Weak states come to depend on strong states and, in the process, become client states

Tuesday, August 22nd, 2023

French President Emmanuel Macron has been attempting a large-scale “reset” or “refoundation” of relations with Africa and has explained that “there is no longer a French policy for Africa”:

In August 2020, the military of Mali overthrew the government in a coup d’etat. Since then, in quick succession, four of Mali’s regional neighbors have experienced coup attempts, including successful ones in Guinea and Burkina Faso. The Central African Republic, meanwhile, has become a client state of Russia.2 This unprecedented wave of coups is a consequence of decisions made in Paris to pull back long-standing French troop deployments in French-speaking Africa.

The French military has been actively deployed to West Africa since January 2013, when an offensive was launched to defeat armed separatists in northern Mali who threatened to overthrow the government. Initially successful, the deployment was formalized as Operation Barkhane in 2014 and expanded to neighboring countries, including Niger, Burkina Faso, and Chad. At its peak, Operation Barkhane involved 5500 French soldiers. A United Nations follow-on peacekeeping mission involved about 15,000 UN peacekeepers, including over one thousand German soldiers.

In early 2020, the French government loosened its commitment to military involvement in the region. French President Emmanuel Macron, newly elected in 2017, was unwilling to send more French troops to Africa to bring an end to the ongoing insurgencies, which had multiplied rather than subsided. Macron believed that France’s relationship to Africa needed a “reset” or “refoundation” from its colonial past and, as part of that, France should allow African countries to solve their own problems. French military intervention, therefore, would be scaled back.


Although formal French colonialism ended in the decades after World War II, France nevertheless maintained a notable sphere of influence in its former African colonies, especially in West Africa. This informal empire was maintained through elite social and business ties with France, as well as through the large-scale involvement of the French military, which was deliberately designed to be capable of rapid intervention in Africa.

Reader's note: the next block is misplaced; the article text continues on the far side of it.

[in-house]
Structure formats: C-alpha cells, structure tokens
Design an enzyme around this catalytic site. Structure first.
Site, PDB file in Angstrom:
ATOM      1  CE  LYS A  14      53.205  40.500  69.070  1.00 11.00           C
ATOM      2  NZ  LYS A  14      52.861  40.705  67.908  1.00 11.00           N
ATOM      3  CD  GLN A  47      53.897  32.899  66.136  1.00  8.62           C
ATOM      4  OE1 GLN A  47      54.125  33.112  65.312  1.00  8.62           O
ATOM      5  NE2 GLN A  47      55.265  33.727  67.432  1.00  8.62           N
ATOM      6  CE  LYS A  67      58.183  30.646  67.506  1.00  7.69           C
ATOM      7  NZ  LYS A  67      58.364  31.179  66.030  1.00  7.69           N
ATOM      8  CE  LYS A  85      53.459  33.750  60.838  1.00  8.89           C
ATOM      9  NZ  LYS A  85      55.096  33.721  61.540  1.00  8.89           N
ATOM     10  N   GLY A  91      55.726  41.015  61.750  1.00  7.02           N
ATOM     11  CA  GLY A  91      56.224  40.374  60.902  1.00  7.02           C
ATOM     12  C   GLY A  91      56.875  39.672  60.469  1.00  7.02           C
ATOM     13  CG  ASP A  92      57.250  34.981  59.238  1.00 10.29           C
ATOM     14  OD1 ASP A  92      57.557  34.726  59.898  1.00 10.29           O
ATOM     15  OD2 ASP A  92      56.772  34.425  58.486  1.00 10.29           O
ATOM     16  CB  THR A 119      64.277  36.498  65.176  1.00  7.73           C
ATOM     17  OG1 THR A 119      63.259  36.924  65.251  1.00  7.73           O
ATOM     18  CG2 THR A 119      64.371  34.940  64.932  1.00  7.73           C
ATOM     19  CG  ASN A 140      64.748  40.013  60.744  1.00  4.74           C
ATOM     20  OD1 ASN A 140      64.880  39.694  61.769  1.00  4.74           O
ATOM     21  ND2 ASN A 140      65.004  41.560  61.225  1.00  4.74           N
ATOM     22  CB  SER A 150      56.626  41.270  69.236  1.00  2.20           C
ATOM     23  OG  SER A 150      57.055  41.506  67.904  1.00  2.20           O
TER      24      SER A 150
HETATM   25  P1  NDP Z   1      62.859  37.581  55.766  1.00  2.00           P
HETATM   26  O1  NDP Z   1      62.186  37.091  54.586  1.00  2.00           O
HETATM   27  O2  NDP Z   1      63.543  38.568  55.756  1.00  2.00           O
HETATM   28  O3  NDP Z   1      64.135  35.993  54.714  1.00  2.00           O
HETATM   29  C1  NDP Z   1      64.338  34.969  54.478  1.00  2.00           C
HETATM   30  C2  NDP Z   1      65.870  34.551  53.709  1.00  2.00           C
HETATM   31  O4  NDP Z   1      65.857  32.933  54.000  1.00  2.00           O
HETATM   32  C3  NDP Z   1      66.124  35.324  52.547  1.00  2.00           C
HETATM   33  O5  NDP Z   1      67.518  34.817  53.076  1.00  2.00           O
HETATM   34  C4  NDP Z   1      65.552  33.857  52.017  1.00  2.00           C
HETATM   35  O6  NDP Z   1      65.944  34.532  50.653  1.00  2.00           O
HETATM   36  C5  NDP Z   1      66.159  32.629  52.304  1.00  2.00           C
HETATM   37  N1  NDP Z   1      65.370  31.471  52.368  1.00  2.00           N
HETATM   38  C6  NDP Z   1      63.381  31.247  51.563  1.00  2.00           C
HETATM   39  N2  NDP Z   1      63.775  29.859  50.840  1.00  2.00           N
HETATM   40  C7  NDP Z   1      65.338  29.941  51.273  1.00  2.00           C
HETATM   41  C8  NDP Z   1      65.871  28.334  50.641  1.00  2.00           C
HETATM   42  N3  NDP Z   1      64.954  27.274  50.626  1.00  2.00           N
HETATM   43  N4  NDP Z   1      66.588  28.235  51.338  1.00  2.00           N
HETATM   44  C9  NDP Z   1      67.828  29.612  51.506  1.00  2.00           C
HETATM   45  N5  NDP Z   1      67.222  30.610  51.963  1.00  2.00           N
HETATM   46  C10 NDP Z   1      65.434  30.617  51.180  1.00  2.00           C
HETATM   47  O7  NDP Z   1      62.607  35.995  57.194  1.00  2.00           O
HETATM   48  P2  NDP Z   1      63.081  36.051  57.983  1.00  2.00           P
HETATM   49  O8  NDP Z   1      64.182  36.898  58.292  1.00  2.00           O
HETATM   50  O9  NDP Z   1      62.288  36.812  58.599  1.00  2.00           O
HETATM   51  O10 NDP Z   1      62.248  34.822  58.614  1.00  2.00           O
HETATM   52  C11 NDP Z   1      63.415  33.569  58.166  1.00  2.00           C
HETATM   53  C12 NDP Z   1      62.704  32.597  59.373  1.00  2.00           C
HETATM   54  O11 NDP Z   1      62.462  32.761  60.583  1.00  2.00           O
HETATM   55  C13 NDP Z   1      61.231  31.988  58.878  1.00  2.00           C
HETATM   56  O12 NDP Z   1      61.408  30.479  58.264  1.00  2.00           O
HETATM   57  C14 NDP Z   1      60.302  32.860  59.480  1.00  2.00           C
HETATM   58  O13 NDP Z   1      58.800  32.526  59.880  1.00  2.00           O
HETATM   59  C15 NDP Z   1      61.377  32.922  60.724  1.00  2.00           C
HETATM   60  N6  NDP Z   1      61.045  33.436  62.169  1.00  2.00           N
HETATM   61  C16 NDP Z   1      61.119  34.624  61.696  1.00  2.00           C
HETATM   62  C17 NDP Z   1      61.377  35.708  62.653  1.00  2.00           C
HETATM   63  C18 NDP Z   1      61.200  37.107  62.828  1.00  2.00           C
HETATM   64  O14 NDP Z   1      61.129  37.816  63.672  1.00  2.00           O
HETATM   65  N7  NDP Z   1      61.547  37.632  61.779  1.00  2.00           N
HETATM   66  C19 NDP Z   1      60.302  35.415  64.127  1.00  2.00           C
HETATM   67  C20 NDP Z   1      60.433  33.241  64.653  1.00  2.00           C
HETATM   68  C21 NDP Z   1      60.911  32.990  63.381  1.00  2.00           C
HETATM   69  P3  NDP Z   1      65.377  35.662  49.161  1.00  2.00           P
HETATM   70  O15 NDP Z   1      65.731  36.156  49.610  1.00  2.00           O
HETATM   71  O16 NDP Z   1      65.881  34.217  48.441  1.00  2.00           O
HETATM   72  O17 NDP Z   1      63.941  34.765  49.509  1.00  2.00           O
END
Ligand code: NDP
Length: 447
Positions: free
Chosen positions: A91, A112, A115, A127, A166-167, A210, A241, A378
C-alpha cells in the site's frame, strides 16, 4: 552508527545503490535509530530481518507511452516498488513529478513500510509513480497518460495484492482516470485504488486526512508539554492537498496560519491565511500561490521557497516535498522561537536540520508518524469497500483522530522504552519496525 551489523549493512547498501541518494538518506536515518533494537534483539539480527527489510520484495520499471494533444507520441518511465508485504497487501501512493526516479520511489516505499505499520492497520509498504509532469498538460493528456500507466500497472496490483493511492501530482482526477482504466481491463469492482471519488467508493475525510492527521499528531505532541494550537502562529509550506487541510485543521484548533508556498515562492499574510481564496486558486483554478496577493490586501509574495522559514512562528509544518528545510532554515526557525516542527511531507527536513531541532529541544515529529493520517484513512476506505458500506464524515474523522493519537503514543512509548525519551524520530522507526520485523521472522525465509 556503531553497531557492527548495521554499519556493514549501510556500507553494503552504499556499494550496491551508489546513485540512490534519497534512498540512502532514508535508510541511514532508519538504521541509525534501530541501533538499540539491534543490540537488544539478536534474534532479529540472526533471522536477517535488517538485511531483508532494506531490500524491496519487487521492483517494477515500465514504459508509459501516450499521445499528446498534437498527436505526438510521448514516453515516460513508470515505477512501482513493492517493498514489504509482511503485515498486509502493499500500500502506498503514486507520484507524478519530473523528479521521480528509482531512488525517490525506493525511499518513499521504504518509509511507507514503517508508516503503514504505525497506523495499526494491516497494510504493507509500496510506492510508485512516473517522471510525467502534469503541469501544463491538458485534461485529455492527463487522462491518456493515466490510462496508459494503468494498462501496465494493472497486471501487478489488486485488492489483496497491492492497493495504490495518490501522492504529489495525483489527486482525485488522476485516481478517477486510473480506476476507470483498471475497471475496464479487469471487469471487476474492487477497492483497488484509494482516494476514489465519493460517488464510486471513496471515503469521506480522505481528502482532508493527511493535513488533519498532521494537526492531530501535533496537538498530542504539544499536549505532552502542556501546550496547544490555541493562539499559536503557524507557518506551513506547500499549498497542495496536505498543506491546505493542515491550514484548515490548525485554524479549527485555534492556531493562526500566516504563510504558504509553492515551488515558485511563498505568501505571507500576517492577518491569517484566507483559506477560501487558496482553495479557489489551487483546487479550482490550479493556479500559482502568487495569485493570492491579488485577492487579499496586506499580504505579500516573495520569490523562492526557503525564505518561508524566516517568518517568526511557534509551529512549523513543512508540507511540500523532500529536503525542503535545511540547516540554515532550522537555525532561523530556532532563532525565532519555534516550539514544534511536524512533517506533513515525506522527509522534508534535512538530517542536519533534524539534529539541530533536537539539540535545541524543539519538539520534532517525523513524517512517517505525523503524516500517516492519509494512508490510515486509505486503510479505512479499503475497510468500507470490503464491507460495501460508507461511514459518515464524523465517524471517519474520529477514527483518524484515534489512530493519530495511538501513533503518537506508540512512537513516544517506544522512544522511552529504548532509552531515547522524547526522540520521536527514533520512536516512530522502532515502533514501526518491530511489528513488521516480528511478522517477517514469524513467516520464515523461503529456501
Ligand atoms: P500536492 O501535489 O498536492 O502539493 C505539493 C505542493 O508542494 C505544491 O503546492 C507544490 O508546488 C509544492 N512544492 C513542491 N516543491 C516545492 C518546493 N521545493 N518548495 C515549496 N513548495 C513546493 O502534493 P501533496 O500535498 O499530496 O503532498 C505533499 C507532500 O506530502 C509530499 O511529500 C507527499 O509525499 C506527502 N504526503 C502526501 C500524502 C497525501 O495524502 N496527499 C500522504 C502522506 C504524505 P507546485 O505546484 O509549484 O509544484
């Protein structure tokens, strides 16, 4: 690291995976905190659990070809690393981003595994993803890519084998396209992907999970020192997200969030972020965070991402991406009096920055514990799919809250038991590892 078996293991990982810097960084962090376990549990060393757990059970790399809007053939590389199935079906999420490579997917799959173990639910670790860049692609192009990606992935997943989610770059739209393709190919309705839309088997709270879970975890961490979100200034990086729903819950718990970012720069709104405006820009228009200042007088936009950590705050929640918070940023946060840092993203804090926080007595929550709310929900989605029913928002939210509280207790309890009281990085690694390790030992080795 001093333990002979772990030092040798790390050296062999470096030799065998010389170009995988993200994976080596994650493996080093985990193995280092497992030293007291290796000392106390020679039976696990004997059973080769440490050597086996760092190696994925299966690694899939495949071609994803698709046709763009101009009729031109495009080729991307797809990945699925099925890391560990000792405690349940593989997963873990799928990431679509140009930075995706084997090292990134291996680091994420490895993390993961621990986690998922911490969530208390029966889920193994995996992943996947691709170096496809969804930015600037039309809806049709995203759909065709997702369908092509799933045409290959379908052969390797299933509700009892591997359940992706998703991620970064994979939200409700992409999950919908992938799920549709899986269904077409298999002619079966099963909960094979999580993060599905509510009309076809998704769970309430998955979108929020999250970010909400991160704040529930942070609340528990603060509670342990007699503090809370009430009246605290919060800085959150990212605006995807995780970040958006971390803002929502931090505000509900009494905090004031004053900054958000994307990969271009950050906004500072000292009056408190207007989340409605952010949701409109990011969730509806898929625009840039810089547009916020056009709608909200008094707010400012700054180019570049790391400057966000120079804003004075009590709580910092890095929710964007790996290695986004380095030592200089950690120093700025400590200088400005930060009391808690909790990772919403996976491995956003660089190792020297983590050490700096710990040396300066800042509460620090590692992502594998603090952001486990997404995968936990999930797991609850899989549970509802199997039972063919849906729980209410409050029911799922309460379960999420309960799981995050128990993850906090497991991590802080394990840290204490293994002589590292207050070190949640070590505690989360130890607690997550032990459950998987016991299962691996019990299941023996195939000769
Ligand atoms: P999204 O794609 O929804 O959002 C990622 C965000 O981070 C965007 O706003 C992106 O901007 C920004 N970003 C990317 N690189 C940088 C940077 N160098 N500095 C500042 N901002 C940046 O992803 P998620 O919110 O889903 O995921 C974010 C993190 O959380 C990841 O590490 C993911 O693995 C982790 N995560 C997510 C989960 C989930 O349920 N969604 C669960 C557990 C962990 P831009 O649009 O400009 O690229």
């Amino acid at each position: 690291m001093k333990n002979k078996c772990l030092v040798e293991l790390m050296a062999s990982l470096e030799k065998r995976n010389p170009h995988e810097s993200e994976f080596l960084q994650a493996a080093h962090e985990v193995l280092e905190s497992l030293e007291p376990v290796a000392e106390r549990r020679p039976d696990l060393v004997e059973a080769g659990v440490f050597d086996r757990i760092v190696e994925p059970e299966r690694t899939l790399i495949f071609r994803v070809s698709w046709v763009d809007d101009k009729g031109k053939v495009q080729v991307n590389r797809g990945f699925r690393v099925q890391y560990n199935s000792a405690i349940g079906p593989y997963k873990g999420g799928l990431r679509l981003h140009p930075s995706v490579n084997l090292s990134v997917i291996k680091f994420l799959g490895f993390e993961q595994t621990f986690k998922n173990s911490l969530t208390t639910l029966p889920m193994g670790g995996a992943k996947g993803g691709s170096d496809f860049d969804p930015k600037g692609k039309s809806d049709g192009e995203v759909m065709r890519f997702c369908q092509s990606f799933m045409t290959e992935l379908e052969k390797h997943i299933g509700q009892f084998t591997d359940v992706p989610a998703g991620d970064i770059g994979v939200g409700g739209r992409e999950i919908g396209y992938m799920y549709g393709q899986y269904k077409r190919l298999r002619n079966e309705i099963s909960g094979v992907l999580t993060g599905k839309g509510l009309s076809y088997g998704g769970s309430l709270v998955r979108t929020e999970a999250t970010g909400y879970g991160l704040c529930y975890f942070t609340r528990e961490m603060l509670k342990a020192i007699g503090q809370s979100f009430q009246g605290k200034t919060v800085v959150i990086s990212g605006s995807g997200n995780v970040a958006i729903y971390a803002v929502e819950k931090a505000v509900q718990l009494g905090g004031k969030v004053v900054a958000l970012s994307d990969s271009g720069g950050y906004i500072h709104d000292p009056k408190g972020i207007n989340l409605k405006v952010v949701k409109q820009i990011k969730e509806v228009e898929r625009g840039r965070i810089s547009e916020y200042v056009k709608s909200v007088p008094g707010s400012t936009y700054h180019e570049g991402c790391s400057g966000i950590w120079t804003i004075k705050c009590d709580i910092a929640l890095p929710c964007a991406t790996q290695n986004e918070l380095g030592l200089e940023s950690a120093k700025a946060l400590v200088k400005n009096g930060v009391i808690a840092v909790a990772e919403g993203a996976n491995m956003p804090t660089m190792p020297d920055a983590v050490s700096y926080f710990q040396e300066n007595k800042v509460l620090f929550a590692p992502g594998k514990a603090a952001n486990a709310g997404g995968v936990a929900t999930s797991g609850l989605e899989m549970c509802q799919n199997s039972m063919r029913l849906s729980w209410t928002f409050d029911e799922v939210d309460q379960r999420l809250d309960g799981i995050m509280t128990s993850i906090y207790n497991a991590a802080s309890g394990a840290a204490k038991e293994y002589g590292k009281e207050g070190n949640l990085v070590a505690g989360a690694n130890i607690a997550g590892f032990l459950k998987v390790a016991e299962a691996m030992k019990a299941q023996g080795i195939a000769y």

Weak states that cannot suppress insurgencies or alleviate privation on their own necessarily come to depend on strong states and, in the process, become client states. If France will not provide this support, perhaps the U.S. or Russia will.


  1. Jim says:

    If France doesn’t maintain its colonial presence in Black Africa, who will be left to carry on the lingua franca?

  2. Michael van der Riet says:

    Jim, every DRC person I’ve met speaks French.

    France rightly decided that Keita’s ever-increasing demands for bribes — sorry, I mean foreign aid — were getting out of hand, and with the departure of the golden goose in came the generals. France lost a good training ground for the French Foreign Legion.

  3. Bomag says:

    ”…who will be left to carry on the lingua franca?”

    Are the ones replacing Burgundians and Normans speaking French, or are they replacing even that?

  4. Isegoria says:

    When I was taking French in high school, I was surprised that the French term for creole languages was (still) le petit nègre — and I was surprised that they were willing to teach this fact to American kids.

  5. Jim says:

    Nice, France.

  6. Pseudo-Chrysostom says:

    The Third Republic, as descendants of the spiritual lineage going back to the false popes of Avignon, has always liked to imagine itself as the leaders of global leftism; and hence their restiveness under the anglo-american occupation of the same, even if ‘fellow travelers’ in terms of cardinality; and hence, their maintenance of a particular degree of independence compared to every other country in western Europe.

    Or perhaps to put it in other words, countries without nukes are not real countries.

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